Refusing to call it a bailout, Michigan Gov. Rick Snyder has announced he is looking to help Detroit out of its pension mess with $350 million in state aid.
“This is not a bailout of paying the debts directly of the city of Detroit. This is not a bailout of banks and other creditors. This is focused on helping reduce and mitigate the impact on retirees,” Snyder said during a Wednesday press conference.
The $350 million in state aid could be added to the $330 million consisting of donations raised by private sources. Selling the city’s art collection–which could bring upwards of $800 million–is also an idea.
Just as for nearly every big city and most states, Detroit’s biggest financial bind is its obligation to pensions for its public workforce. This transpires when government workers are given overly generous pensions, often protected by favorably written laws and compliant judges, then enforced by government employee unions.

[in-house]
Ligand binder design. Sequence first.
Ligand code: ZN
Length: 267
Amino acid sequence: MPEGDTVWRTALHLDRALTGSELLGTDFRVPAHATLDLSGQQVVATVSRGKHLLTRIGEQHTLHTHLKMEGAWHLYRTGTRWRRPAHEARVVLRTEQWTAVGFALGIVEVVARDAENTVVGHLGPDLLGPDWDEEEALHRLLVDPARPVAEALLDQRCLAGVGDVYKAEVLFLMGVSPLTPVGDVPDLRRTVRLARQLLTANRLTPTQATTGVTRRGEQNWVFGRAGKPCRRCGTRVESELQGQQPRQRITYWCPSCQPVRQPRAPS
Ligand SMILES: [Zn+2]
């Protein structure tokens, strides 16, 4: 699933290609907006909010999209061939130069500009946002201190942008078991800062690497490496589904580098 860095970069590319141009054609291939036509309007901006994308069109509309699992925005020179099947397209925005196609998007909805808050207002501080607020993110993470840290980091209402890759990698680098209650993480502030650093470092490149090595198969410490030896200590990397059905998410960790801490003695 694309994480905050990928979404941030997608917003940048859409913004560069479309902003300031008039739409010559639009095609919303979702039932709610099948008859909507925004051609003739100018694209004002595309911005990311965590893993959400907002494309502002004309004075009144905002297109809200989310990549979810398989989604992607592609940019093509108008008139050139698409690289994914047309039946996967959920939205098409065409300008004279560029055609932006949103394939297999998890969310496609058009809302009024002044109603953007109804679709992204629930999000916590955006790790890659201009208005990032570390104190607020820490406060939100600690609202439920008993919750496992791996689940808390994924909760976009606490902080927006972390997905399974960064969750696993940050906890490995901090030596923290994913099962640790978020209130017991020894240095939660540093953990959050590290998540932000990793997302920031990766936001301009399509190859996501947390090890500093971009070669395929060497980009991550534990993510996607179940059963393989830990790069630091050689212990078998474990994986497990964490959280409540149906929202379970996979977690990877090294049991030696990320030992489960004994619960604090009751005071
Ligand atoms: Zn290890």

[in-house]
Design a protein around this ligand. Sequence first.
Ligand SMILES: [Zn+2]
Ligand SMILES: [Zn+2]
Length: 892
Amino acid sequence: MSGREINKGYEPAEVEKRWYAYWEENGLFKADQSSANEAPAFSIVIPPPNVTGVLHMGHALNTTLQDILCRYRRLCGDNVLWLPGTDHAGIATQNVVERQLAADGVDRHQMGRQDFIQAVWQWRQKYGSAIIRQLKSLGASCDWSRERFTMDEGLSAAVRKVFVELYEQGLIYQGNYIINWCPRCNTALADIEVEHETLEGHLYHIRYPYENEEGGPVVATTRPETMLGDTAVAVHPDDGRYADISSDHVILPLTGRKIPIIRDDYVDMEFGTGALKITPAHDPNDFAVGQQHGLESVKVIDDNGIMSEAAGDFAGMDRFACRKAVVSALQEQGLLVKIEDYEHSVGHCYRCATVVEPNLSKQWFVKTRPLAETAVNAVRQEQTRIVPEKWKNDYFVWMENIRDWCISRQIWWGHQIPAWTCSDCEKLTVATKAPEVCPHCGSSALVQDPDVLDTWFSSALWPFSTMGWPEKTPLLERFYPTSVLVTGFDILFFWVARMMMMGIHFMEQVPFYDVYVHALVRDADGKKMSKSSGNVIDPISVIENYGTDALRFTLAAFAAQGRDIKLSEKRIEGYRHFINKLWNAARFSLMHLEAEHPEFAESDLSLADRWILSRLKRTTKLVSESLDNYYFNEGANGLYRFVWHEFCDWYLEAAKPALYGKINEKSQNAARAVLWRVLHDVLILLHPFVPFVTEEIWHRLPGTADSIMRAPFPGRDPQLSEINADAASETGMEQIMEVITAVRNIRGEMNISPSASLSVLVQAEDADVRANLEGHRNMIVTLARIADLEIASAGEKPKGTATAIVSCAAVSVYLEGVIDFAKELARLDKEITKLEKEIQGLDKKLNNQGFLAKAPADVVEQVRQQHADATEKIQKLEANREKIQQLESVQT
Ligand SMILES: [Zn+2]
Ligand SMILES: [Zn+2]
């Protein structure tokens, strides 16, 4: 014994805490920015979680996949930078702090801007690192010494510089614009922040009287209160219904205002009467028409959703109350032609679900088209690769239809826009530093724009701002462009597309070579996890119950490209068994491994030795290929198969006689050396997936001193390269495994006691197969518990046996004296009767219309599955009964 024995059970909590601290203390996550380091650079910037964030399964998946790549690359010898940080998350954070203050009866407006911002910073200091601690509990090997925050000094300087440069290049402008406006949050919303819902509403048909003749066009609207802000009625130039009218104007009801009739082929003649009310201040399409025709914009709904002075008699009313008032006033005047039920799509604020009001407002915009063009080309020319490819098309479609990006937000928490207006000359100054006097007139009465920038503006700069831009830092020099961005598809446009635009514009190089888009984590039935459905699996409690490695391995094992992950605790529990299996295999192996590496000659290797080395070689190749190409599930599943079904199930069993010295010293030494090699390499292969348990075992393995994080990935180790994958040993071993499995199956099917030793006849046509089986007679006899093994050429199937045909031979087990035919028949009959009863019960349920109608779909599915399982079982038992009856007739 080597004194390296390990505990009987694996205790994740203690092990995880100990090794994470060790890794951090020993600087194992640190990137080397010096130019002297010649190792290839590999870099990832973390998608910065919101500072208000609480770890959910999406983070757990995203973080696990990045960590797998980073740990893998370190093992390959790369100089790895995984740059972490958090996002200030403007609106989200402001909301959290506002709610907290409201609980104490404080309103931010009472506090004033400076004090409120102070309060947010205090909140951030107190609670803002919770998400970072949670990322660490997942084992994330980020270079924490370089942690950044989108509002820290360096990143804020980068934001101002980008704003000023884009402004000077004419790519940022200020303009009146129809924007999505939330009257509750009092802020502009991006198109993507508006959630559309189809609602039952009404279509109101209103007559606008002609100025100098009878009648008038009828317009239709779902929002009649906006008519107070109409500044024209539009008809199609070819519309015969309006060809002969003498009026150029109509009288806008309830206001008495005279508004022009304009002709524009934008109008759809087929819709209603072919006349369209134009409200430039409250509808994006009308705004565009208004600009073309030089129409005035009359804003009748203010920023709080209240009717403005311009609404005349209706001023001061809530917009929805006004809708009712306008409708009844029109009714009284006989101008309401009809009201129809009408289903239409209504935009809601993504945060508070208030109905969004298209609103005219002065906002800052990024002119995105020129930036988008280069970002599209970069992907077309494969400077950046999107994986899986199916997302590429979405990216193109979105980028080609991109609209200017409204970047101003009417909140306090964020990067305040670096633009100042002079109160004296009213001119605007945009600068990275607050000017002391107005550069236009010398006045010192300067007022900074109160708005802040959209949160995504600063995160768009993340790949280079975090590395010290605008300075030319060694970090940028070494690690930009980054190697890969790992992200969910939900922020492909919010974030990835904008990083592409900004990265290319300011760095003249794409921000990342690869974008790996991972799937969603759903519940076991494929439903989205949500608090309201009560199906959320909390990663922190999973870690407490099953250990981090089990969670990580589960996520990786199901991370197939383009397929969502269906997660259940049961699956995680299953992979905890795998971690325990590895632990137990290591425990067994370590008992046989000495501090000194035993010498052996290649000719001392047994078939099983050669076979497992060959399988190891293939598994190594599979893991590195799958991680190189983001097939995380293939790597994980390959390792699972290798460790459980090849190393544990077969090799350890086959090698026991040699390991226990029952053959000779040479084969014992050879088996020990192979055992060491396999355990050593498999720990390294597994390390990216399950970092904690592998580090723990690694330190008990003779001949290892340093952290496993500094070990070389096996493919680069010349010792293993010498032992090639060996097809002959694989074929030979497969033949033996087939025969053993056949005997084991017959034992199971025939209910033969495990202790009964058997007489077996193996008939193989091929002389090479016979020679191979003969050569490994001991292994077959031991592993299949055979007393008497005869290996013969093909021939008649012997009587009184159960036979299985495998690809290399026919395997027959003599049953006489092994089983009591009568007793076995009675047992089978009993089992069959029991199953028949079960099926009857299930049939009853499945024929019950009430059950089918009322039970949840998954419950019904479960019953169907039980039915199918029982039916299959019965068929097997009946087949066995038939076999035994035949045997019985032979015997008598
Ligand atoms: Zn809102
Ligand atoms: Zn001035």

The Motor City’s pension mess is the first hurdle it must overcome to put a dent in the $18 billion the city owes. This is what Gov. Snyder hopes to address with his infusion of tax dollars.
But one of the reasons this hurdle was erected in the first place is the power of intransigent government unions, and this deal Gov. Snyder is offering would hinge on a settlement between the city and its government employee unions.
Government unions, however, may not be in the same position to be as unforgiving as they once were. A December ruling in Detroit found that government union pensions are now susceptible to being “impaired” by the city looking to stave off total financial collapse. For the first time, a city might expect to be able to alter the overly generous deals the unions have made.
If this ruling stands against the inevitable assault by union lawyers, it could have far-reaching consequences for struggling cities all across the nation. “If it stands, this is huge,” said San Diego Republican candidate for Congress Carl DeMaio. The ruling could lead to “municipalities lining up outside of bankruptcy court,” DeMaio added.
Gov. Snyder isn’t the only person trying to find a path forward for Detroit. Recently Senator Rand Paul (R-KY) offered his own plan to save the city. Early in December, Paul unveiled a plan that included the suspension of hindering EPA rules, reduction of the payroll tax, provision of child tax credits, and the end of the Davis-Bacon Act, among other things.